I was in my customary spot at the kitchen window, gazing brainlessly at the world going by (a fairly sparse activity, on our quiet street), when a man and his dog sauntered into my consciousness.
He was new to me. I thought I knew everyone who wandered along on a regular basis, but I didn’t recognize him.
However, had you shown me the pet in one photo, and the man in another, perhaps posted somewhere on the other side of town, I would have put the two together, boom, like that.
The dog, poor thing, is older, placid and a little wobbly on his legs. I think he’s a border collie, but I suck at distinguishing breeds apart from the obvious poodles, retrievers and Labradors. He’s black and white and a little grey, and a wee bit heavier than he ought to be.
His human, perhaps in his fifties, has black salt-and-pepper hair, a slight slouch, and a wandering gait.
A perfect match.
This all came to me in a second, and in another flash, I was a child again, watching the classic animated movie 101 Dalmatians. There’s a segment in the film where dogs and their owners parade down the street, apparently separated at birth if you ignore that whole species problem.
For example, one slouchy woman with long red hair is walking a desultory afghan (I think; breed identification issues, you know). Pongo and Missis, the main dog characters, are very much like their owners, too, minus the spots; they are slim, sweet and sprightly, with similar noses.
So back to the window. Quite incredibly, five minutes later, one of the regulars walked by. This man has ramrod posture, a baldish, shiny head, and a big stride; just, like, his, dog. Okay, the dog isn’t bald, but he has very short hair. Fur. Whatever. They could almost be twins and certainly brothers, apart from that aforementioned species problem.
I’m sure you’ve heard the theory that people look like their pets, and for some reason choose them for similar appearances or traits. As an aside, there’s a small problem with this idea when peeps have several, very different pets; I’m still trying to figure out which of her menagerie members is supposed to be my sister.
But if the world walkin’ by is my petri dish, I can confirm that the pet-owner similarity has been scientifically proven.
I put it to the test on Twitter. Some of my Tweeps said their pets absolutely looked like them, and one or two proved it with photos. One had a bird, and she looked nothing at all like the pretty green creature; but she fell in love with the wee beast on sight, and the bird likes to preen her if she’s feeling low. That is So Cool. Therefore, I’m limiting my hypothesis on physical samesies to mammalian pets, and for ease, specifically dogs.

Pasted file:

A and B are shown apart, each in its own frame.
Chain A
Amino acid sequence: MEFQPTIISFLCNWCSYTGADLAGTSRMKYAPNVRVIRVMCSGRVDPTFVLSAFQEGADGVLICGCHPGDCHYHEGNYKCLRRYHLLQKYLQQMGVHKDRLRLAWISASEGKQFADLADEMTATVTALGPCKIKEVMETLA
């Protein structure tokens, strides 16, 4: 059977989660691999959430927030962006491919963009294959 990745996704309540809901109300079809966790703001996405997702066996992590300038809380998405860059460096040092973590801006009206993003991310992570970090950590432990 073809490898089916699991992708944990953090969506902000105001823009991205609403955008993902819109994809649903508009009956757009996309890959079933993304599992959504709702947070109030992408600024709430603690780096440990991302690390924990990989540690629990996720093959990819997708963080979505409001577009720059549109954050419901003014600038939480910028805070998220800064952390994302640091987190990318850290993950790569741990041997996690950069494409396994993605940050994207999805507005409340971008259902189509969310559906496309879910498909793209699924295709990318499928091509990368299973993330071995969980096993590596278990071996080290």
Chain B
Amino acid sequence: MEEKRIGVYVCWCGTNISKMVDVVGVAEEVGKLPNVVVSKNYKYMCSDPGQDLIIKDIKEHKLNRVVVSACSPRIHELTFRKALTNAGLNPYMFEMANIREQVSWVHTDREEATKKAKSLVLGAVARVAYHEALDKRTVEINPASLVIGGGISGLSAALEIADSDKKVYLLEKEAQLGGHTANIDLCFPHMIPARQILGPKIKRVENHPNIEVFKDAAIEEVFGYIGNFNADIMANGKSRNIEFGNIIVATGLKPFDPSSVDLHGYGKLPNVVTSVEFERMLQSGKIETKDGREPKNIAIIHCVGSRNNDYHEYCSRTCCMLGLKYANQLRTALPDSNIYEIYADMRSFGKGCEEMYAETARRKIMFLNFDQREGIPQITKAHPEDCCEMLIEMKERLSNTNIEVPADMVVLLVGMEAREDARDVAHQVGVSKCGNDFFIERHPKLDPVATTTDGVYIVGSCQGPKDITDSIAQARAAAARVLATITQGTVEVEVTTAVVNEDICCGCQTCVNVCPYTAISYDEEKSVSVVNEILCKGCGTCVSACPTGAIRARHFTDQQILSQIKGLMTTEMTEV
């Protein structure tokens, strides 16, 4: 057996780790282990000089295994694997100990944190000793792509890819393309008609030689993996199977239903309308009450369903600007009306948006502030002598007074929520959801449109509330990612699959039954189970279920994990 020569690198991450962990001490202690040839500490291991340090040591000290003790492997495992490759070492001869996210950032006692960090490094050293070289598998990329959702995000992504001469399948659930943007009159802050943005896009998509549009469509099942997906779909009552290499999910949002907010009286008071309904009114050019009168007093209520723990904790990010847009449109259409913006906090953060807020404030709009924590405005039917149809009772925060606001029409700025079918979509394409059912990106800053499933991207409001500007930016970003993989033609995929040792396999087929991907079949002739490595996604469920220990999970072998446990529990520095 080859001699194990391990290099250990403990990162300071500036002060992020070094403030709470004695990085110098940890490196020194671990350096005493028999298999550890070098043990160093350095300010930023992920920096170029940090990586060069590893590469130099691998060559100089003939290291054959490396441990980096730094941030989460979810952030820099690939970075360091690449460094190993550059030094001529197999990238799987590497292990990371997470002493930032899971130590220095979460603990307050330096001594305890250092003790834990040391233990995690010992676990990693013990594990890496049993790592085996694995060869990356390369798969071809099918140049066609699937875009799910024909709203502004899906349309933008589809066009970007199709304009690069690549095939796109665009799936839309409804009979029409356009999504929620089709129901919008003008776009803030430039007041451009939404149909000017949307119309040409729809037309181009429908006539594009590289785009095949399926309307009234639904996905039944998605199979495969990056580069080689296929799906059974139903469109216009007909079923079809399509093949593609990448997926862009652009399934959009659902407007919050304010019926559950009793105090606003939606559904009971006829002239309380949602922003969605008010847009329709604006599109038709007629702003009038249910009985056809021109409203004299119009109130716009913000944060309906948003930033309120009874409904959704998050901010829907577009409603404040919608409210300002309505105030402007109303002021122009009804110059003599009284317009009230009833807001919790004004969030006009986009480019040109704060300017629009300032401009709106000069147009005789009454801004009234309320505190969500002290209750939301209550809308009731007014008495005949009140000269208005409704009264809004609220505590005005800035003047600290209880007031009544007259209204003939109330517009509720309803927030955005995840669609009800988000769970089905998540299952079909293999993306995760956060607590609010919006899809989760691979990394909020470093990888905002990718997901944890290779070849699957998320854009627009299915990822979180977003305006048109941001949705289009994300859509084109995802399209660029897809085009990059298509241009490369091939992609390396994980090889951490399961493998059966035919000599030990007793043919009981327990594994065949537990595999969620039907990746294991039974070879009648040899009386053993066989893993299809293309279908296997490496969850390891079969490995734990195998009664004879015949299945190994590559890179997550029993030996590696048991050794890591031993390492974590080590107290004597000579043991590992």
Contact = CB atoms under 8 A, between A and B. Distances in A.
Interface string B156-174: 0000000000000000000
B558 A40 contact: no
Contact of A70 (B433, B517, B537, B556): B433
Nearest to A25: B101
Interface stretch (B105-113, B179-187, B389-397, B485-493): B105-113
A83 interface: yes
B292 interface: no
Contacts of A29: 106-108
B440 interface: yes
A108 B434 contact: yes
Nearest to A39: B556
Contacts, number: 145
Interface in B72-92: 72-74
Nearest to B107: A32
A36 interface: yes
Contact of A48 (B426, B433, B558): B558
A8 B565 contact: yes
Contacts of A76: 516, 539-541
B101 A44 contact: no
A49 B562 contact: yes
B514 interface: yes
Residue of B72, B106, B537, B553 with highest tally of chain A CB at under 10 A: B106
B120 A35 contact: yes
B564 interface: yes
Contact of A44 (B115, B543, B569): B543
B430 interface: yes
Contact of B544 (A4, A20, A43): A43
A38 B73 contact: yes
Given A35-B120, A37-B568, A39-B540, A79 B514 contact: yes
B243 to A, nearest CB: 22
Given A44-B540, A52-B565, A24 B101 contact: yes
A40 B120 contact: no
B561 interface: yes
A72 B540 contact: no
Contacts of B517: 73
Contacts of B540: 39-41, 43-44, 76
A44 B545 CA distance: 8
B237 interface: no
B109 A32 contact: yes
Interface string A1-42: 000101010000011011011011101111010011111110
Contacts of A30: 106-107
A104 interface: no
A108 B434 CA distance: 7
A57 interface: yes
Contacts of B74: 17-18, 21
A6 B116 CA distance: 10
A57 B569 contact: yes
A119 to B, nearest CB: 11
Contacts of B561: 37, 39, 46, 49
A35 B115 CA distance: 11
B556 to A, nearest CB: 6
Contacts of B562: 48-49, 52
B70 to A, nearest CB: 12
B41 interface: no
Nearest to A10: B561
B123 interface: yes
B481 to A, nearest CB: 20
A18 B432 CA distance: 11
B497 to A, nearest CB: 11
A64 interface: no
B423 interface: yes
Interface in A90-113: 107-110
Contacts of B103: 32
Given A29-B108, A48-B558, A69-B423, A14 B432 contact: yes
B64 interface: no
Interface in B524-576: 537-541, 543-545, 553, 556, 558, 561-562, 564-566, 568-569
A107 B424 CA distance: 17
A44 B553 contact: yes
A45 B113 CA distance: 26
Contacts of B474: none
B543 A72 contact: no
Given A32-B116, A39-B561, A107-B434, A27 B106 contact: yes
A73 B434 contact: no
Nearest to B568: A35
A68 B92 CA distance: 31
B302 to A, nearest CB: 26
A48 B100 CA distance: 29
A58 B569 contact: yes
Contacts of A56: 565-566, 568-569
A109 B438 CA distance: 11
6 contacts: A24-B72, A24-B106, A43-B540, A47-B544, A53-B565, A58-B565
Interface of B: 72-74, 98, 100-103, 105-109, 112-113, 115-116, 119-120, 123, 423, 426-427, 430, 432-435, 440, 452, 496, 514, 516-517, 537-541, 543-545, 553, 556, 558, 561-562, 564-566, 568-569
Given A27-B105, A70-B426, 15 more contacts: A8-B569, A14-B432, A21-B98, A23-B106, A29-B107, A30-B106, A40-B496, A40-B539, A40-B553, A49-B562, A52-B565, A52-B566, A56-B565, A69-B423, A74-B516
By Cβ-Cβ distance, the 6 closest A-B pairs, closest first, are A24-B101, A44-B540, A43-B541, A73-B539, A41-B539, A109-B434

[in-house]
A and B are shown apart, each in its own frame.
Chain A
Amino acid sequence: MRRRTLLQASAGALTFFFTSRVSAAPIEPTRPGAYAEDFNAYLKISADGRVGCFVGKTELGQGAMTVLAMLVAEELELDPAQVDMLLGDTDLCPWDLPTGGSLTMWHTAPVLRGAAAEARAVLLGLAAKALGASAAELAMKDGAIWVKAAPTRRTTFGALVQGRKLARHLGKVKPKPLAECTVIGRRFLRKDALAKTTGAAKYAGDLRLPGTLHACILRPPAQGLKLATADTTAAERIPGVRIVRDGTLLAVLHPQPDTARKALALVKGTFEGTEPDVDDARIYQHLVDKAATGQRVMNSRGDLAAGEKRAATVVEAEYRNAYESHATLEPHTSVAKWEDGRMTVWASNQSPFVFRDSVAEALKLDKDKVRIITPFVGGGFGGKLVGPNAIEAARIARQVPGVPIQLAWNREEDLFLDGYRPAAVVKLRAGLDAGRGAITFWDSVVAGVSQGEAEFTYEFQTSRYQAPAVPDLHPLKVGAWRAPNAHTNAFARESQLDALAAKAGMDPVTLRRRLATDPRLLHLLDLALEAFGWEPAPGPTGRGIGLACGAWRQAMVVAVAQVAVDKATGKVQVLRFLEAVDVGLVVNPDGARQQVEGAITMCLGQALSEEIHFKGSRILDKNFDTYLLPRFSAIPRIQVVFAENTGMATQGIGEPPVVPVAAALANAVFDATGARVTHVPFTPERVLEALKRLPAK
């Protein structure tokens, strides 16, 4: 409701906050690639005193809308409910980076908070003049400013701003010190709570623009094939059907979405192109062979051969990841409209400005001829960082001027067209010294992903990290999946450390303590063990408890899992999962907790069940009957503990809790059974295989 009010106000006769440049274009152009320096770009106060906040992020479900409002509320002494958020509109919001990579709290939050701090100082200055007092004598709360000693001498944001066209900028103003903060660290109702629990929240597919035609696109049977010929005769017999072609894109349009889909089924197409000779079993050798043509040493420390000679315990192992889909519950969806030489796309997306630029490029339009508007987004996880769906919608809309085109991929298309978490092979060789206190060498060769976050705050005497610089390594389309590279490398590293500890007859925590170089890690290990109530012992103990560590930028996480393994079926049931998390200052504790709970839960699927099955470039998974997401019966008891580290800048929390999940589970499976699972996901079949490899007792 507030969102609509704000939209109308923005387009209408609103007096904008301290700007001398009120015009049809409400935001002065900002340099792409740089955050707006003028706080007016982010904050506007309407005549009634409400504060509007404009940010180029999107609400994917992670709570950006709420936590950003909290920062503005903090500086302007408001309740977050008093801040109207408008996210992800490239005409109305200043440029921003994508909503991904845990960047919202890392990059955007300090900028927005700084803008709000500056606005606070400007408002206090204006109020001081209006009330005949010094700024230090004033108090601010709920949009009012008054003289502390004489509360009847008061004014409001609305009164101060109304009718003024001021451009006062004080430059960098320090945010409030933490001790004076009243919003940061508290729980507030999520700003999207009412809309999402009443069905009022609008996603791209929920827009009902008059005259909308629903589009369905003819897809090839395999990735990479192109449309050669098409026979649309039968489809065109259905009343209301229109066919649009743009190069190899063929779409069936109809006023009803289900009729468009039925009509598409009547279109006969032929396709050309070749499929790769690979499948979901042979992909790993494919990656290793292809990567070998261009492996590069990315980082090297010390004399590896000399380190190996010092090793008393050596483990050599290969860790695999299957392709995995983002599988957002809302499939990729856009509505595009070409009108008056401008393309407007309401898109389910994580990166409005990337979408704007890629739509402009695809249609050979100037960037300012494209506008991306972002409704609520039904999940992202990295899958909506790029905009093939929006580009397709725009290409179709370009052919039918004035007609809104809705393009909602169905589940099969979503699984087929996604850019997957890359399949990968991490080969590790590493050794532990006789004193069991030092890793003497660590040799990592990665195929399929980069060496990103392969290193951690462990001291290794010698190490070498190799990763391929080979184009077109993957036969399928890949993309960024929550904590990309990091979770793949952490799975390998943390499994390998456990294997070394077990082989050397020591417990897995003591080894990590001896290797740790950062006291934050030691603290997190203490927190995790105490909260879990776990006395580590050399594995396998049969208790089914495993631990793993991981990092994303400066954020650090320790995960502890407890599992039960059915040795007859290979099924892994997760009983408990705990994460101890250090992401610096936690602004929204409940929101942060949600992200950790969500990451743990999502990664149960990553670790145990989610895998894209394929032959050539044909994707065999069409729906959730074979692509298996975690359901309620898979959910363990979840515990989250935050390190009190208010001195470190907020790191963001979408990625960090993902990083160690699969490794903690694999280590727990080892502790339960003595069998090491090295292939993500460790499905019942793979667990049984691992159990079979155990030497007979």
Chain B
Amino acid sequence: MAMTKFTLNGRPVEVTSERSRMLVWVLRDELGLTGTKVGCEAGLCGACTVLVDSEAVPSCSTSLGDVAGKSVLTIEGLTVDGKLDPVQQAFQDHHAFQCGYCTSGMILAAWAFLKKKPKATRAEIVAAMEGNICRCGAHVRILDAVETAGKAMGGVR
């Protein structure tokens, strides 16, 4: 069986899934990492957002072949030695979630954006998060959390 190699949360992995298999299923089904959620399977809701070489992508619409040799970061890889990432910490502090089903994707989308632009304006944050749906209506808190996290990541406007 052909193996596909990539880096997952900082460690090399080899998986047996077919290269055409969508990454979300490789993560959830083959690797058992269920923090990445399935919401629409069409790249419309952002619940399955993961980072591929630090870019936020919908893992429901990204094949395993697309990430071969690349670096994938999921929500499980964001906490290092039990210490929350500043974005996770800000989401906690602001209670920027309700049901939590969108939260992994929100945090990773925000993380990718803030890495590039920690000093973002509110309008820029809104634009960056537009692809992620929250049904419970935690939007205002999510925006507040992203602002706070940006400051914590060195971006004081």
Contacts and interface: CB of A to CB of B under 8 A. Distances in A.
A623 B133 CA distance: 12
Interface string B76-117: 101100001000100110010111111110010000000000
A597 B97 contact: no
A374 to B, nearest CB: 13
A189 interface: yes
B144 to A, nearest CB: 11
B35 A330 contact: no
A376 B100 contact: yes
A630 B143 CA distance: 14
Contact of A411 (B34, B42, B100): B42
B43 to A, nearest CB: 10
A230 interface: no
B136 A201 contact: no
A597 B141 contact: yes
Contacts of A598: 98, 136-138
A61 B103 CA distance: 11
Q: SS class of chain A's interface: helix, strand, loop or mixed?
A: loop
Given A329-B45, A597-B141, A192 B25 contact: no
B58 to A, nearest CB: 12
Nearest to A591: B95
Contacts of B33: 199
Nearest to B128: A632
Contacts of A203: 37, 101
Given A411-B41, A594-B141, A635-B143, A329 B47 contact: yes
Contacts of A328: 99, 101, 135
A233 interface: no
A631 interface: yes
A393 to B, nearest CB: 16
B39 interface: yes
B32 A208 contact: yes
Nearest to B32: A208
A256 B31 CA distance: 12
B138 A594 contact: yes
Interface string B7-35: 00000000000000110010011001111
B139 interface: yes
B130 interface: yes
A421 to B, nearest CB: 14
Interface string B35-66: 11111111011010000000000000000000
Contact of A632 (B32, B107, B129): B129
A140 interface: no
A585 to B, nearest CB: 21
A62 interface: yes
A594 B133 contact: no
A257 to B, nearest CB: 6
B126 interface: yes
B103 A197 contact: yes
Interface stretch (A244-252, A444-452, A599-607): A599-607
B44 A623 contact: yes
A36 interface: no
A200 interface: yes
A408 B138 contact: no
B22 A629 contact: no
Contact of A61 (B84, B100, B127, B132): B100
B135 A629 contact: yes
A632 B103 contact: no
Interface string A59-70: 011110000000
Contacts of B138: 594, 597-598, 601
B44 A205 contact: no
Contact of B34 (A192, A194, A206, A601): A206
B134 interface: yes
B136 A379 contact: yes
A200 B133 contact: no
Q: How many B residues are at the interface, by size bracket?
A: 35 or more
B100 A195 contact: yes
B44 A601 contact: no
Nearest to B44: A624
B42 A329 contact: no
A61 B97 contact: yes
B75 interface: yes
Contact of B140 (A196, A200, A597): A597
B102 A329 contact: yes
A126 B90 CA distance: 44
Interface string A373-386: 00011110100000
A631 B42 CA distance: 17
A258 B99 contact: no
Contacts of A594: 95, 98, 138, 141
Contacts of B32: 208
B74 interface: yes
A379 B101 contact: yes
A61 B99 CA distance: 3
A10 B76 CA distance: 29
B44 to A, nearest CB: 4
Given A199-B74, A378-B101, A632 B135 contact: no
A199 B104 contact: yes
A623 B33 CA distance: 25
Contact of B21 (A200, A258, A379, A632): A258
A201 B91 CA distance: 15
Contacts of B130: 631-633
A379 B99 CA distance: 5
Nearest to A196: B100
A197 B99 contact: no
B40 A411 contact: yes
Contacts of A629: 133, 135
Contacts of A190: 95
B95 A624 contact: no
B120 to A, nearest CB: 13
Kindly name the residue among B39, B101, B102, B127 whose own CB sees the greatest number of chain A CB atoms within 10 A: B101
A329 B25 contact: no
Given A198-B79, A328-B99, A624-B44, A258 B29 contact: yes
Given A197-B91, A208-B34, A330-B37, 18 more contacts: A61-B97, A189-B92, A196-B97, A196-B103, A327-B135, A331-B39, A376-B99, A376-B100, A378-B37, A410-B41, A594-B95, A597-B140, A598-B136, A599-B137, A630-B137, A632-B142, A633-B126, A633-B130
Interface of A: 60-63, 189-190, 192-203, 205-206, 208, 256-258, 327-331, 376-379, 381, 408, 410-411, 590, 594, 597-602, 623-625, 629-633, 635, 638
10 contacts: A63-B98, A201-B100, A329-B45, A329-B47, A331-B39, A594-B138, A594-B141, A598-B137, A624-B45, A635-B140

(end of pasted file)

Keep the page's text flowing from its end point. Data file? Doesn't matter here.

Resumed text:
Of course, I had to look it up, to verify my findings.
The first piece I found was published in the Huffington Post. It was about a Japanese scientist who asked human subjects to look at a series of photographs, and attempt to match the dog to the owner. Of the 500 people canvassed — 500! — 80 per cent got it right. He also narrowed down the parameters by blocking off certain parts of the faces, and matching accuracy fell when the eyes were obscured. His finding: failing the entire face, the eyes have it.
Apparently, people either consciously or subconsciously choose pets based on similarity/familiarity. Selection doesn’t necessarily stop at physical characteristics, it seems: energy levels and personality traits (if you’re a go-getter, maybe you need a dog that can keep up) are also in play.
Which brings me to . . . should I get a dog? We’ve long resisted, just because we were never home. I’m home more now, and sometimes think it’s a bit lonely in here. Maybe I need a friend. One of those unconditional-love-type friends.
I’ve been thinking about a beagle. Do I look like a beagle? Is that good or bad? I do have fairly short legs, and a bit of a big-eyed, sad, longing look that I like to turn on my husband (poor guy) once in a while. (You know the drill. Can we go to Mexico, honey? Pleeease?) There’s also the, uh, big cute ear thing.
Or maybe a border collie. God knows I need herding sometimes. (Get back to work, you lazy human! I still love you, but come on, get cracking! Now that I’ve been helpful, where’s my treat?)
Another thought was a cocker spaniel. Our colouring would be very nice together. Or perhaps an Old English Sheepdog — a perfect match on the shaggy hair, at least in the two weeks before I get it cut.
No pushed-in wrinkly faces for me, as cute as they are. If I looked in the mirror and saw myself reflected in my pug’s face, I would simply weep the day away.
Well, I’ll probably know him or her when I see him or her. In the meantime, I have a new hobby. I can’t look at a dog walking his human without surreptitiously checking out their samie-ness.